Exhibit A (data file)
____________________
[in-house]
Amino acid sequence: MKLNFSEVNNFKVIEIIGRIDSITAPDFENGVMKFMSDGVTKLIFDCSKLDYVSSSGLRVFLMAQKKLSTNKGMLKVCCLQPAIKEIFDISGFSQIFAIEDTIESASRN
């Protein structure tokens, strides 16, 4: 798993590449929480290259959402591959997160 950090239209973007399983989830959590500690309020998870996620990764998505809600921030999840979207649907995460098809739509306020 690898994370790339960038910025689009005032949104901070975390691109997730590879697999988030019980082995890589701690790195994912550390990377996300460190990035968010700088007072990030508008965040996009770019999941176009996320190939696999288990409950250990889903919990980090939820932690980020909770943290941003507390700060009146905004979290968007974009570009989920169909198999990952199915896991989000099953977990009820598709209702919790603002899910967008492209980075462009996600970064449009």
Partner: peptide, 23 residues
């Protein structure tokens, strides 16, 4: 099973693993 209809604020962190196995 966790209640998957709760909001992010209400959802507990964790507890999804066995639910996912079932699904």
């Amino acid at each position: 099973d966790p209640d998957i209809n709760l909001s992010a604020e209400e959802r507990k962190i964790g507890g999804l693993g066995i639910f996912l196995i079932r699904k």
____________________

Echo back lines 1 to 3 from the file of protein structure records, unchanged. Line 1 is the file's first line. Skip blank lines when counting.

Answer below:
[in-house]
Amino acid sequence: MKLNFSEVNNFKVIEIIGRIDSITAPDFENGVMKFMSDGVTKLIFDCSKLDYVSSSGLRVFLMAQKKLSTNKGMLKVCCLQPAIKEIFDISGFSQIFAIEDTIESASRN
């Protein structure tokens, strides 16, 4: 798993590449929480290259959402591959997160 950090239209973007399983989830959590500690309020998870996620990764998505809600921030999840979207649907995460098809739509306020 690898994370790339960038910025689009005032949104901070975390691109997730590879697999988030019980082995890589701690790195994912550390990377996300460190990035968010700088007072990030508008965040996009770019999941176009996320190939696999288990409950250990889903919990980090939820932690980020909770943290941003507390700060009146905004979290968007974009570009989920169909198999990952199915896991989000099953977990009820598709209702919790603002899910967008492209980075462009996600970064449009």